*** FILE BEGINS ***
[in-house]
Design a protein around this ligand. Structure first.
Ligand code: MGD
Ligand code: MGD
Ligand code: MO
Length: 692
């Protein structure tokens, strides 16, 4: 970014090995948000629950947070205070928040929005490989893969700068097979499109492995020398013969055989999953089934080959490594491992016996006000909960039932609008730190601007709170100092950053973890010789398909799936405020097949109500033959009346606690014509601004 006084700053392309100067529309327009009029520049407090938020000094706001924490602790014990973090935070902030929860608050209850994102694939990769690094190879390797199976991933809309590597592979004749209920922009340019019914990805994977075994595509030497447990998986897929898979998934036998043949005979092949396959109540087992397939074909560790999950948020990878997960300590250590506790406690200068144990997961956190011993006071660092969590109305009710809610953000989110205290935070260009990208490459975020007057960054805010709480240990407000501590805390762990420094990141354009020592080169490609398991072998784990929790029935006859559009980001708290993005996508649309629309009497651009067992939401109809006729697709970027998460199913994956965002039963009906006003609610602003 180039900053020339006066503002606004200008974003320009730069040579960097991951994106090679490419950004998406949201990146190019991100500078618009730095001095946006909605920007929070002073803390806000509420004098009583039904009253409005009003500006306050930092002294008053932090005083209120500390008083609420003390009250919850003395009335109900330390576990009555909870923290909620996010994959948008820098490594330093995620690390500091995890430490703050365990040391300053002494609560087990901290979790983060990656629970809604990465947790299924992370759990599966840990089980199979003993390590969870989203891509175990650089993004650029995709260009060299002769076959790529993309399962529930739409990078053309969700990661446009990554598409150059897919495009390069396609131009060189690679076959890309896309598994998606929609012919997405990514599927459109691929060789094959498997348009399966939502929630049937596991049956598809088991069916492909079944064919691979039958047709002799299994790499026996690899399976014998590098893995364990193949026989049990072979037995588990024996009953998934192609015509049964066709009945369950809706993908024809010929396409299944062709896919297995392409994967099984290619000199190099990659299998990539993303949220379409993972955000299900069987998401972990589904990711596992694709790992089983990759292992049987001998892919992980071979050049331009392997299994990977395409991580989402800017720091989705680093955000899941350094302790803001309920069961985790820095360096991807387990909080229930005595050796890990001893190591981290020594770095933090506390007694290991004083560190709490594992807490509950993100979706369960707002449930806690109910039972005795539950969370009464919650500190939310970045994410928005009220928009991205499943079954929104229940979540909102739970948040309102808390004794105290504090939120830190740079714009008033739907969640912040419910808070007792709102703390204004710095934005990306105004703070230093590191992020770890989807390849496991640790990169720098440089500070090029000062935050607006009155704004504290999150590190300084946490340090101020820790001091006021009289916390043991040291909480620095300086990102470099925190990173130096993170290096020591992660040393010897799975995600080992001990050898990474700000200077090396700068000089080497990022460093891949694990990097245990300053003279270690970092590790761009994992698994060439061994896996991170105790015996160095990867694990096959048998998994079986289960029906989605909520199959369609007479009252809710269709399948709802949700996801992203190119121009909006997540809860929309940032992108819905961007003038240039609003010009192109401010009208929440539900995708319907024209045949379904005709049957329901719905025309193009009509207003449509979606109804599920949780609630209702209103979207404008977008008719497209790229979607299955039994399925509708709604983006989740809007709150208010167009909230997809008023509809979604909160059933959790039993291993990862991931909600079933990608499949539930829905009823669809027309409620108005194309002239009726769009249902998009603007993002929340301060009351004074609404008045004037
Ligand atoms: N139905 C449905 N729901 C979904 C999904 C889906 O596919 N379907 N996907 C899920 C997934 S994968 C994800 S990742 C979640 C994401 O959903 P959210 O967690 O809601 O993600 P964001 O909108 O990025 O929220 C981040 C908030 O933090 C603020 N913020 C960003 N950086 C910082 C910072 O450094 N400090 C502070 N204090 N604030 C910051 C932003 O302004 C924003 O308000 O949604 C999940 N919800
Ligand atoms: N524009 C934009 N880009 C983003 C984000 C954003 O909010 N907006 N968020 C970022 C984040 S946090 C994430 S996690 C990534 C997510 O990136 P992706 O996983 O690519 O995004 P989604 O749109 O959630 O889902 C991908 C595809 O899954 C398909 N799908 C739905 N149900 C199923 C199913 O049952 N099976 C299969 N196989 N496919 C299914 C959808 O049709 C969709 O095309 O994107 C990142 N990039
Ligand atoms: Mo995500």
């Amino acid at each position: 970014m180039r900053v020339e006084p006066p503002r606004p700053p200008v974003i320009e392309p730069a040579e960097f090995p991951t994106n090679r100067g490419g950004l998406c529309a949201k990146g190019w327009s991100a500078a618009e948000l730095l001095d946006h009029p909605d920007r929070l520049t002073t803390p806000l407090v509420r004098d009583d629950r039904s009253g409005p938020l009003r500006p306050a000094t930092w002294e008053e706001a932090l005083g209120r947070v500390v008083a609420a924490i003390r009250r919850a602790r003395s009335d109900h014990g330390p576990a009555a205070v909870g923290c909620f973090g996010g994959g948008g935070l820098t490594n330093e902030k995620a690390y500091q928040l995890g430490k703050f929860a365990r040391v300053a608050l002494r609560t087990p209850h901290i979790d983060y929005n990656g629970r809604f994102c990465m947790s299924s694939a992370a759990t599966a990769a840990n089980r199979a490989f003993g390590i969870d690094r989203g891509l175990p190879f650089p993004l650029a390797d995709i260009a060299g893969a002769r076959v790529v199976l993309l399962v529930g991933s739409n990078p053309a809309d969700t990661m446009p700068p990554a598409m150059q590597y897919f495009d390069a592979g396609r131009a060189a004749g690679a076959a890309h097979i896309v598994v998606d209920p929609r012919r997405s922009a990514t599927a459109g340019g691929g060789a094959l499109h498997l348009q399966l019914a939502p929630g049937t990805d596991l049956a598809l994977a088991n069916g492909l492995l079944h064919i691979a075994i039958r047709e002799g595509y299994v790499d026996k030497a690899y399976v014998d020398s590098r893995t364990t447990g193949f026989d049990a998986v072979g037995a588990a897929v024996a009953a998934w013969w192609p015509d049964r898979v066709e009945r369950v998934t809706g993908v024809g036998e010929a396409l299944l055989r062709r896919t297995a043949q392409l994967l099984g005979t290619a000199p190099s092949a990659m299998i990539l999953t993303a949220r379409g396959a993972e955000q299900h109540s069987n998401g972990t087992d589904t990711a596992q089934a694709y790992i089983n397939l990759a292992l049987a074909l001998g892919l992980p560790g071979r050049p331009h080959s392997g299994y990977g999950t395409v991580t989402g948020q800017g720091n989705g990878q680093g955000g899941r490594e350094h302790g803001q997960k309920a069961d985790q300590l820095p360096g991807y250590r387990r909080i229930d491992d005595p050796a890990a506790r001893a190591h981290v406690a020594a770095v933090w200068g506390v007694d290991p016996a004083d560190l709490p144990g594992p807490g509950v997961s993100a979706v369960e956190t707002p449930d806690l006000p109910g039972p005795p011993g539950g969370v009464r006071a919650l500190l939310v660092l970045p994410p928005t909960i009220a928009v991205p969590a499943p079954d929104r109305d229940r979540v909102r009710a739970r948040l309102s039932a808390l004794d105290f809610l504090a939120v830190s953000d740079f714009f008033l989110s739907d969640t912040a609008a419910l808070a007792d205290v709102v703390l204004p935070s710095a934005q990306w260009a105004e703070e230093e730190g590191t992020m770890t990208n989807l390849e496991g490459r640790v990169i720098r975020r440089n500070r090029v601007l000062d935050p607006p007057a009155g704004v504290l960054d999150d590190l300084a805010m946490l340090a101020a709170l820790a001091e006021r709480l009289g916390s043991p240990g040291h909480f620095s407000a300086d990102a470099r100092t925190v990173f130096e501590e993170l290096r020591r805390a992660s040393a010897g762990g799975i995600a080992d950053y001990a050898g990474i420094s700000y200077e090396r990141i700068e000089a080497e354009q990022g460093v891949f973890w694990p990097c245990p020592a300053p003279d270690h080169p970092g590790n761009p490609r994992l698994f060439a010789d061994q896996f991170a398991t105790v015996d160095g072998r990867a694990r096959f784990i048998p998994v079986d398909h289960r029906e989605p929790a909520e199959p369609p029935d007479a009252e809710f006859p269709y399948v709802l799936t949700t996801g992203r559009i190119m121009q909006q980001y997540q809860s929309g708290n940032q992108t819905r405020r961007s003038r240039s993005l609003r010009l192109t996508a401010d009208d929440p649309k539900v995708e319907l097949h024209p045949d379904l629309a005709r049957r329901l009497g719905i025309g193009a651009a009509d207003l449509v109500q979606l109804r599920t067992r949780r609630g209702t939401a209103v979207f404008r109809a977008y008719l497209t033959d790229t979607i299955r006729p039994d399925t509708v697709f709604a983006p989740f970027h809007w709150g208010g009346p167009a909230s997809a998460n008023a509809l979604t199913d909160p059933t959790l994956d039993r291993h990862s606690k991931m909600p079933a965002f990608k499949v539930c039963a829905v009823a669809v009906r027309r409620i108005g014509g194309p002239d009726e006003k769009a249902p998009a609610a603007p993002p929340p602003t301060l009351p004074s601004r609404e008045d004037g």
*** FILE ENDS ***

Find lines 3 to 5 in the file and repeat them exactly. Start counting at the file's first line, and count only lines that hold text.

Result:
Ligand code: MGD
Ligand code: MGD
Ligand code: MO